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Home / Mumbai News / Civic body rapped for delay in revamp of Bhagwati Hospital

Civic body rapped for delay in revamp of Bhagwati Hospital

mumbai Updated: Dec 08, 2019 01:17 IST
Mehul R Thakkar
Mehul R Thakkar

In an inspection report by the comptroller and auditor general of India (CAG), the Brihanmumbai Municipal Corporation (BMC) has been slammed for the slow pace of its revamp of the civic-run Bhagwati Hospital in Borivli. The nearly ₹500-crore project to expand the 300-bed hospital into a 1,000-bed interventional, multi-disciplinary, tertiary-care hospital was approved in 2009 and scheduled to be completed in two phases, but is yet to be completed.

Following the approval of the revamp in 2009, staff and patients of Bhagwati Hospital were shifted to the nearby civic-run Shatabdi Hospital at Kandivli in 2013. The contract for the second phase was awarded this year. In its inspection report, CAG stated, “Non-construction of main hospital building even after a lapse of 10 years from approval of Municipal Commissioner resulted into non-functioning of surgery, obstetrics gynaecology, ortho, pediatrics, ENT, ophthalmic, trauma intensive care unit and casualty departments in Bhagwati Hospital. This resulted in less attendance and admission of patients in Bhagwati Hospital and the people of surrounding areas are deprived from the benefit of [a] local hospital. As a result, the revenue of the department had also reduced gradually.”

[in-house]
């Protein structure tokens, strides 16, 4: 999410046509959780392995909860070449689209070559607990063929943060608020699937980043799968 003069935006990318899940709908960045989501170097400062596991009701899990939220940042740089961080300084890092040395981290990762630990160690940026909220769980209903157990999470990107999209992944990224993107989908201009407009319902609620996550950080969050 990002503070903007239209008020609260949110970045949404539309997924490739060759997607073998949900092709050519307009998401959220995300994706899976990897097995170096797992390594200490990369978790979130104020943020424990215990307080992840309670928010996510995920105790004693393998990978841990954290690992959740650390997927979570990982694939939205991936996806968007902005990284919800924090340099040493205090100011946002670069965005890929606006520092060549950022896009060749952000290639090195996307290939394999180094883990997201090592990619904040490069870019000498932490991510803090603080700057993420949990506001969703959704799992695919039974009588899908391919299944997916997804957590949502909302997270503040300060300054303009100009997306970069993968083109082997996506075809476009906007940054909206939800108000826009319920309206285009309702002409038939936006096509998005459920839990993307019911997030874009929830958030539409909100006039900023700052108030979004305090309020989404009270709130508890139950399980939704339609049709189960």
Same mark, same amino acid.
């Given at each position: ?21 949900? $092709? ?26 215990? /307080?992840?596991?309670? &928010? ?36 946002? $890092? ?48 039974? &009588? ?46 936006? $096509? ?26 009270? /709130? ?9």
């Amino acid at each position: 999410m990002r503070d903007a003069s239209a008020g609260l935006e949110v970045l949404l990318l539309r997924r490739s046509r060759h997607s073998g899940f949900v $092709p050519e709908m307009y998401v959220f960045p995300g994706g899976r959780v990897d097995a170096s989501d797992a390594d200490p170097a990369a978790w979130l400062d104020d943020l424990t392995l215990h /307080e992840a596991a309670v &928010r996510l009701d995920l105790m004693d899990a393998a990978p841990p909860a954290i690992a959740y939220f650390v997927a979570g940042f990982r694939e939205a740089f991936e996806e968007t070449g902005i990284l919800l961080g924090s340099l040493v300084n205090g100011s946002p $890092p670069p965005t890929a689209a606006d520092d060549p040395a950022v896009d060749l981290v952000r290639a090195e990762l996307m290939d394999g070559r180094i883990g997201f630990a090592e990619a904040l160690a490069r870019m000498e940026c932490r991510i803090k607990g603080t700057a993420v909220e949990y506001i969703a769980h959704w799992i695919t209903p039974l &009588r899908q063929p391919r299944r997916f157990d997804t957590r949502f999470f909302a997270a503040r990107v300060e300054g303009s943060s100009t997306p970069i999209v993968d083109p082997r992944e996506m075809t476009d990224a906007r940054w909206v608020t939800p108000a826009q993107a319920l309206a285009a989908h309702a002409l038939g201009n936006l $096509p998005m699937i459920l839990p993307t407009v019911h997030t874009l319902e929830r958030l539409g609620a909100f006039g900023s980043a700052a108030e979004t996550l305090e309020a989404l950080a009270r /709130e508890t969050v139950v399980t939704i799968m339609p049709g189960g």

While work on the main building of the hospital is yet to begin, BMC in 2016 started revamping the outpatient department, which has around 110 beds, but CAG cited several irregularities in this work too, like furniture worth ₹22.84 lakh being bought but not utilised. “More than 50% of the furniture purchased was not required and as such was lying unutilised for more than three years,” said the report.

Further, the CAG report found “an excess provision” for the hospital’s overall budget for the past five years. “The reasons for making such excess provision were called for in audit. In reply, the department stated that due to non-functioning of hospital in full fledge, the budget could not be utilised in full. It was also stated that necessary action would be taken henceforth during preparation of budget estimates. The reply is not tenable because, the budget provision was made in excess of the actual requirement, which is incorrect.” Shiv Sena corporator Amey Ghole, who heads BMC’s health committee, said, “I will go through the report, and we will work together with BMC to complete the work soon to ensure the hospital is made available for public.”